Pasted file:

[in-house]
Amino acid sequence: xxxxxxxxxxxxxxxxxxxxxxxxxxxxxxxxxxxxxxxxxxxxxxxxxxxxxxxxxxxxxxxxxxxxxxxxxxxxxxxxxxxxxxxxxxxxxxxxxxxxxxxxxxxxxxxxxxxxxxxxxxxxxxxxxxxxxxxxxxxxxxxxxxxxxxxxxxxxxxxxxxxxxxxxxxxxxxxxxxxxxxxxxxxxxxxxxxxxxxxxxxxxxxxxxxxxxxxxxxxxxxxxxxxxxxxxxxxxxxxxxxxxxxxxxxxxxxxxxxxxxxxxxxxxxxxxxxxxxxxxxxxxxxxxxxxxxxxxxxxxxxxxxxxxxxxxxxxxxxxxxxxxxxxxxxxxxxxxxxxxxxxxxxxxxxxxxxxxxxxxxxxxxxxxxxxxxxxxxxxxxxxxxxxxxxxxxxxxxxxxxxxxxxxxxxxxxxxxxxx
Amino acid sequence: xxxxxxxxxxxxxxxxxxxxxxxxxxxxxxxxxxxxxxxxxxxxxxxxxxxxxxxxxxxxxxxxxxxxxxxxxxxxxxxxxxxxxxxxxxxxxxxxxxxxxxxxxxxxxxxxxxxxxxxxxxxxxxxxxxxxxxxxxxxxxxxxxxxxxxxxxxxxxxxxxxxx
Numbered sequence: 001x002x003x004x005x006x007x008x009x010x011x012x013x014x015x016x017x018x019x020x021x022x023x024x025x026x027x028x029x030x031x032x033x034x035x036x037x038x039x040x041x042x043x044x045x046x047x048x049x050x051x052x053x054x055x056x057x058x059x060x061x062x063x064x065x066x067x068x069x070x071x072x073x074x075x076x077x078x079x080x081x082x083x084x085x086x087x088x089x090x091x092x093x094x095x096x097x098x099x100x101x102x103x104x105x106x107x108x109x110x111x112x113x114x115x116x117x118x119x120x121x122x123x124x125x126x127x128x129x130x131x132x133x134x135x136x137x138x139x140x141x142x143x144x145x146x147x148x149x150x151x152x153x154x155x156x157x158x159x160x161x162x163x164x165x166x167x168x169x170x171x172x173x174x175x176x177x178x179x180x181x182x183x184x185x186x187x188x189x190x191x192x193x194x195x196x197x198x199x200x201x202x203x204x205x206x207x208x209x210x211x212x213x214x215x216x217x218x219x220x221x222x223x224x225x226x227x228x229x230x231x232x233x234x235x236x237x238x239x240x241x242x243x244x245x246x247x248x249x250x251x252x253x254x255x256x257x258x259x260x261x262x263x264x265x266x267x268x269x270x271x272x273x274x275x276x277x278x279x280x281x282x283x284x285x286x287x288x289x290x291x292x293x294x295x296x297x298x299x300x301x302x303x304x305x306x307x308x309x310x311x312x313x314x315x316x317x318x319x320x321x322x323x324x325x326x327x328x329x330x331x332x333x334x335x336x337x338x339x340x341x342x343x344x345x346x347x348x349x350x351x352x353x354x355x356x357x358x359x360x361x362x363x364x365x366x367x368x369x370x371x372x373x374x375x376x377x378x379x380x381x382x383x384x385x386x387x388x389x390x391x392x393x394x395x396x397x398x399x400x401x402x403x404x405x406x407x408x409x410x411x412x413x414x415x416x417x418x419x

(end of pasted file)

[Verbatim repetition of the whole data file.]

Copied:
[in-house]
Amino acid sequence: xxxxxxxxxxxxxxxxxxxxxxxxxxxxxxxxxxxxxxxxxxxxxxxxxxxxxxxxxxxxxxxxxxxxxxxxxxxxxxxxxxxxxxxxxxxxxxxxxxxxxxxxxxxxxxxxxxxxxxxxxxxxxxxxxxxxxxxxxxxxxxxxxxxxxxxxxxxxxxxxxxxxxxxxxxxxxxxxxxxxxxxxxxxxxxxxxxxxxxxxxxxxxxxxxxxxxxxxxxxxxxxxxxxxxxxxxxxxxxxxxxxxxxxxxxxxxxxxxxxxxxxxxxxxxxxxxxxxxxxxxxxxxxxxxxxxxxxxxxxxxxxxxxxxxxxxxxxxxxxxxxxxxxxxxxxxxxxxxxxxxxxxxxxxxxxxxxxxxxxxxxxxxxxxxxxxxxxxxxxxxxxxxxxxxxxxxxxxxxxxxxxxxxxxxxxxxxxxxxx
Amino acid sequence: xxxxxxxxxxxxxxxxxxxxxxxxxxxxxxxxxxxxxxxxxxxxxxxxxxxxxxxxxxxxxxxxxxxxxxxxxxxxxxxxxxxxxxxxxxxxxxxxxxxxxxxxxxxxxxxxxxxxxxxxxxxxxxxxxxxxxxxxxxxxxxxxxxxxxxxxxxxxxxxxxxxx
Numbered sequence: 001x002x003x004x005x006x007x008x009x010x011x012x013x014x015x016x017x018x019x020x021x022x023x024x025x026x027x028x029x030x031x032x033x034x035x036x037x038x039x040x041x042x043x044x045x046x047x048x049x050x051x052x053x054x055x056x057x058x059x060x061x062x063x064x065x066x067x068x069x070x071x072x073x074x075x076x077x078x079x080x081x082x083x084x085x086x087x088x089x090x091x092x093x094x095x096x097x098x099x100x101x102x103x104x105x106x107x108x109x110x111x112x113x114x115x116x117x118x119x120x121x122x123x124x125x126x127x128x129x130x131x132x133x134x135x136x137x138x139x140x141x142x143x144x145x146x147x148x149x150x151x152x153x154x155x156x157x158x159x160x161x162x163x164x165x166x167x168x169x170x171x172x173x174x175x176x177x178x179x180x181x182x183x184x185x186x187x188x189x190x191x192x193x194x195x196x197x198x199x200x201x202x203x204x205x206x207x208x209x210x211x212x213x214x215x216x217x218x219x220x221x222x223x224x225x226x227x228x229x230x231x232x233x234x235x236x237x238x239x240x241x242x243x244x245x246x247x248x249x250x251x252x253x254x255x256x257x258x259x260x261x262x263x264x265x266x267x268x269x270x271x272x273x274x275x276x277x278x279x280x281x282x283x284x285x286x287x288x289x290x291x292x293x294x295x296x297x298x299x300x301x302x303x304x305x306x307x308x309x310x311x312x313x314x315x316x317x318x319x320x321x322x323x324x325x326x327x328x329x330x331x332x333x334x335x336x337x338x339x340x341x342x343x344x345x346x347x348x349x350x351x352x353x354x355x356x357x358x359x360x361x362x363x364x365x366x367x368x369x370x371x372x373x374x375x376x377x378x379x380x381x382x383x384x385x386x387x388x389x390x391x392x393x394x395x396x397x398x399x400x401x402x403x404x405x406x407x408x409x410x411x412x413x414x415x416x417x418x419x